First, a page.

In April 2023, provisions in the Inflation Reduction Act (IRA) went into effect regarding standards for battery components and critical mineral materials. This had been the source of significant uncertainty for Korean electric vehicle (EV) makers and their suppliers as Korean companies were subsequently left off the list of eligible vehicles for the Section 30D $7,500 clean vehicle credit.
But some portions of the IRA have boded well for Korean companies. Prior to the start of the year, Treasury’s guidance on commercial vehicles meant that many Korean EV models became eligible for the credit under the Section 45W portion of the IRA—provided they were leased. As a result, Korean EV models manufactured outside of the United States, such as the Hyundai Ioniq, Hyundai Kona, Hyundai Nexo, Kia EV6, and Kia Nero Electric became qualified, and leasing rates for Korean EV models in the U.S. market skyrocketed—jumping from 2 percent to 40 percent in a four-month time frame.
Treasury’s updated guidance in 2023 had also classified cathode and anode battery materials as “critical minerals.” This benefited Korean battery manufacturers, enabling them to be eligible suppliers for Biden’s EV push by exporting their batteries as such. However, Treasury has subsequently determined that no battery components can originate from “foreign entities of concern.” This means that starting in 2024 for batteries and 2025 for critical minerals, likely no inputs can come from any Chinese companies or Korean companies with which Chinese entities have a 25 percent or more stake in. This is complicated by the fact that China produces 97 percent of the world’s graphite and 93 percent of the world’s manganese for electric vehicle batteries, the former of which it placed tight export restrictions on in October.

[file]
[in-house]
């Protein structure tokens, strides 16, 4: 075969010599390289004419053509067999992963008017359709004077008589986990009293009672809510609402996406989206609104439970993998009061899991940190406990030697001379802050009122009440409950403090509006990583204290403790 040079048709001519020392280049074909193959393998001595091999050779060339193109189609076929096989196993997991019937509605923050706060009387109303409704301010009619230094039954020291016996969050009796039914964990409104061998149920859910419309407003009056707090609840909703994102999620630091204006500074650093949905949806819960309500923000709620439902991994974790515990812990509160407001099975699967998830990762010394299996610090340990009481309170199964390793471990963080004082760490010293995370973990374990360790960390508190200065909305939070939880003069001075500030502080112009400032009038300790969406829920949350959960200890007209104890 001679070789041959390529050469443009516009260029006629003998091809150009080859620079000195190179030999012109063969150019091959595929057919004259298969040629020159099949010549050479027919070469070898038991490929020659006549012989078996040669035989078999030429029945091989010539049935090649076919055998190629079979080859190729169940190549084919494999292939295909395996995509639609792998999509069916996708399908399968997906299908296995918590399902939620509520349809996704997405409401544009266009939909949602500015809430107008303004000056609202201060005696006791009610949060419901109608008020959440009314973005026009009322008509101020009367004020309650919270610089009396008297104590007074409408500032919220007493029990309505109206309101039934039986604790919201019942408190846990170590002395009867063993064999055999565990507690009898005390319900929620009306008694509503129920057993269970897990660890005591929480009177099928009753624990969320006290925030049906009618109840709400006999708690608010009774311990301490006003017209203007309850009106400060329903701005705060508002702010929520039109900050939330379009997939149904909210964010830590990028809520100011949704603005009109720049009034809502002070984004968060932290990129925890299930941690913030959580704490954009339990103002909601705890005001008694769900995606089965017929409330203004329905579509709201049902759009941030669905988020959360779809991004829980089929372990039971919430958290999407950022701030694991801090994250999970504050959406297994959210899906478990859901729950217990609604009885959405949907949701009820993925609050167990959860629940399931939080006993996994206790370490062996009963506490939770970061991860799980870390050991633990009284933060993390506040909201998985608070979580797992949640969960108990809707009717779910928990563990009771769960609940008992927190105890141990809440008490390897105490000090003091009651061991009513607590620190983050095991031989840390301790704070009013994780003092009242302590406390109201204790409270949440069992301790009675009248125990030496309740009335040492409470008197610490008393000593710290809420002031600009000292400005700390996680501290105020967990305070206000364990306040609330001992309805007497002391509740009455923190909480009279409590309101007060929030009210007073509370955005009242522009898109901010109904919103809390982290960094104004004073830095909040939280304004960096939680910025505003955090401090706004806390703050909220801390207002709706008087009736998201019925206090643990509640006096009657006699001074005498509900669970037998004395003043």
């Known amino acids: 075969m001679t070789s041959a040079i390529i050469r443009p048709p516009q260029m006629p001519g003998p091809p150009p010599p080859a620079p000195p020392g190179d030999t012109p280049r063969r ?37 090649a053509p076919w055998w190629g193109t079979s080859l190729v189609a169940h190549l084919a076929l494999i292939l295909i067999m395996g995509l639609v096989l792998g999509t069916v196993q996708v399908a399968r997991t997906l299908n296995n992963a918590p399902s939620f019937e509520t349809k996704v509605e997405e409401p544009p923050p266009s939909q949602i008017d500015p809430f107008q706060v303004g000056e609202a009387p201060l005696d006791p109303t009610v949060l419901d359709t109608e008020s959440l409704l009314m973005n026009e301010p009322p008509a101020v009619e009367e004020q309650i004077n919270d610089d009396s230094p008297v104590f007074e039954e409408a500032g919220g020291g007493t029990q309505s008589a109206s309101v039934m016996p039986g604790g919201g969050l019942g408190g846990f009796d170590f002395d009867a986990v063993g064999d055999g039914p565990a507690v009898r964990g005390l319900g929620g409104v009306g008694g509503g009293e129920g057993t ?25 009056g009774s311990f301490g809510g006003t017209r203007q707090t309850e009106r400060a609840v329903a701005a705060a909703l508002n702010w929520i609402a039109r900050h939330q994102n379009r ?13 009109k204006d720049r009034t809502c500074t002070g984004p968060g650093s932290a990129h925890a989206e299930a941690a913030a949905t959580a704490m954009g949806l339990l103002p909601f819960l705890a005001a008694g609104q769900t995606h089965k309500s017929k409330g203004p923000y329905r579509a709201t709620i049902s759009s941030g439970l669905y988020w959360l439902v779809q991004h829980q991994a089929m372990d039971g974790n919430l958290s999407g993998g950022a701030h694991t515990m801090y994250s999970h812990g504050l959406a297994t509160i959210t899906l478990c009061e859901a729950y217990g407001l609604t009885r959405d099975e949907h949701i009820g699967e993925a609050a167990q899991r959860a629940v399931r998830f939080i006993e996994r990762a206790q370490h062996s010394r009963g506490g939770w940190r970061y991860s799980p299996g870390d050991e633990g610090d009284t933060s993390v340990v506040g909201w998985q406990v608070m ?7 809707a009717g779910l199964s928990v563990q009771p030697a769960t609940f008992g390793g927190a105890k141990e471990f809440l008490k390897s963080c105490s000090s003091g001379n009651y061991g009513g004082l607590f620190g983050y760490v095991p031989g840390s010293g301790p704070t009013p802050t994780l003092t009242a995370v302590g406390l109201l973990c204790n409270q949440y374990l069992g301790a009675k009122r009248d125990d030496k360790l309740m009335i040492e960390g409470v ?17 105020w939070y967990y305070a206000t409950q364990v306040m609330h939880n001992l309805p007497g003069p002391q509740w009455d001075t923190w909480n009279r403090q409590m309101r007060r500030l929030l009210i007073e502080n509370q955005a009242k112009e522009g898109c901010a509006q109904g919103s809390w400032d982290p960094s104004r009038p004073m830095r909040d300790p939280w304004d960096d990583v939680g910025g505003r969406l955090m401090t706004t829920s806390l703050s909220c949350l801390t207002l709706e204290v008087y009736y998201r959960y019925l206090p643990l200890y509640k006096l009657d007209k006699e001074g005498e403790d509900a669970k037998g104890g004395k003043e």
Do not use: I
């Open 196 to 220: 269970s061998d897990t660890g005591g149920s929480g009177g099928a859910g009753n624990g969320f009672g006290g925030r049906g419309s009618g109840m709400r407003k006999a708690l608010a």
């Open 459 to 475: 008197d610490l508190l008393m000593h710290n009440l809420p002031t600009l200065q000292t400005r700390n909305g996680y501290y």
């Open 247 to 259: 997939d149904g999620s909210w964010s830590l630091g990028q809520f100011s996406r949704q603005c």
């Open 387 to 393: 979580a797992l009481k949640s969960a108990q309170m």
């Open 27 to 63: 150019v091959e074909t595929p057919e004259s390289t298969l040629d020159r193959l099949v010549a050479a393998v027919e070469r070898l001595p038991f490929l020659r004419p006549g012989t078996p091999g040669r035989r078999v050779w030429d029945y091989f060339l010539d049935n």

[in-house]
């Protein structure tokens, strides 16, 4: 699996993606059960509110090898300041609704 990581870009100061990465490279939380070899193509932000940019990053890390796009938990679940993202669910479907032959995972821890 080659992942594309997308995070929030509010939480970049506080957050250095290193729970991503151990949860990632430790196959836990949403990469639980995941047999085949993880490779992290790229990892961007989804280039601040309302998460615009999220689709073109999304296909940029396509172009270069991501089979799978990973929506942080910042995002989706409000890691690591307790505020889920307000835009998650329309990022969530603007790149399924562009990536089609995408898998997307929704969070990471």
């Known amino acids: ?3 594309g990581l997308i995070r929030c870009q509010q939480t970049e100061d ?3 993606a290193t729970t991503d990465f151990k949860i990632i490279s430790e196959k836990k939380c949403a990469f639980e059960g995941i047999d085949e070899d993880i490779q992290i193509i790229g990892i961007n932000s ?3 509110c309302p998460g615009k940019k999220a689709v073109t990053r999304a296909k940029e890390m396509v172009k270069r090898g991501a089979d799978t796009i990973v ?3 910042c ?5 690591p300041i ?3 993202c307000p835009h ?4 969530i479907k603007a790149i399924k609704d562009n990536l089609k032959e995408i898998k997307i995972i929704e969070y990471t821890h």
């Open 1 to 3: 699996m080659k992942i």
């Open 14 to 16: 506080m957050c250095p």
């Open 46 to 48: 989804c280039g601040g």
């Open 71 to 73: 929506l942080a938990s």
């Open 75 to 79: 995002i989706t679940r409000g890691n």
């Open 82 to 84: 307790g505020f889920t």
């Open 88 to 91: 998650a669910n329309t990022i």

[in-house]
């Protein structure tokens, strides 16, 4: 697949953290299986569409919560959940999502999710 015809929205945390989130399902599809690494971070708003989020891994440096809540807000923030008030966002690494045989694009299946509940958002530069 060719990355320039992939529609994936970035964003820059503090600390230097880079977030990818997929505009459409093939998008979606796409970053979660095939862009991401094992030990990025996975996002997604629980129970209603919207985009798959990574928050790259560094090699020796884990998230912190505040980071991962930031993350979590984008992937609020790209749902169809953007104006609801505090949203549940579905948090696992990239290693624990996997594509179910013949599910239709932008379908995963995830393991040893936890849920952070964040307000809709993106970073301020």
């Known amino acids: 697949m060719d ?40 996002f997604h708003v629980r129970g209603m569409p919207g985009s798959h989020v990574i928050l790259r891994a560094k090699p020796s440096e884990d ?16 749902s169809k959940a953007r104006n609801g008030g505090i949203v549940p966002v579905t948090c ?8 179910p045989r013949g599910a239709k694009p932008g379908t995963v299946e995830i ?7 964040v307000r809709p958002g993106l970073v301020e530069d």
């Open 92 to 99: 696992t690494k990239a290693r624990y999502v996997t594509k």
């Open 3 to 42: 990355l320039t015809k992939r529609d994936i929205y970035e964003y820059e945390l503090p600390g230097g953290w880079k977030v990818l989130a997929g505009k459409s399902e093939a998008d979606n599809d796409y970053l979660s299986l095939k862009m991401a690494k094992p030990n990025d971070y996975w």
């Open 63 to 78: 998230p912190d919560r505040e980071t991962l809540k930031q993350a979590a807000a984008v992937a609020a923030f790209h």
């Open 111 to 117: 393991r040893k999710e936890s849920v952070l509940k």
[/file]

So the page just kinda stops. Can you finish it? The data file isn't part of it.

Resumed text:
China issues notwithstanding, provisions added to the IRA this year have answered questions about Korea’s role in the United States’ green energy transition. Treasury’s updated guidance has since allowed for critical minerals agreements—such as the one the United States signed with Japan in March—to qualify for the “free trade agreement partner” sourcing component in the IRA. Thanks to this component, Korea could possibly expand their sources of critical minerals under the IRA if the United States enters into agreements with major suppliers for Korean battery makers, like Argentina or Indonesia—something that could potentially be discussed under the auspices of the Minerals Security Partnership or the Indo-Pacific Economic Framework’s Critical Minerals Dialogue.
Moreover, Korean companies could still potentially partner with Chinese companies on projects relating to solar energy, wind, batteries, and other green projects in the United States due to guidance on the Section 45X Advanced Manufacturing Production Credit released this month. The new guidance did not include any foreign company restrictions for Section 45X, potentially leaving room for Chinese partnerships—although legislative measures aiming to restrict such investments have since been introduced.
Ultimately, meeting the Biden administration’s push for electric vehicles will necessitate a complete re-sourcing of supply chains for vehicles to fulfill criteria for the IRA’s production and purchase subsidies. Additional rules may need to accommodate for alternative sources of critical minerals like graphite and manganese, or a good portion of U.S.-manufactured EVs may not be fully eligible under Section 30D when the critical minerals guidance kicks in in 2025. For Korea’s part, their status as a U.S. free trade agreement partner may be just what they need to gain the benefits from the IRA, as they invest heavily in vehicle and battery manufacturing facilities in the United States. In whatever occurs next, their partnership is too big to be forgotten.
Tom Ramage is an Economic Policy Analyst at the Korea Economic Institute of America. The views expressed here are the author’s alone.
Photo from President Biden’s official account on X.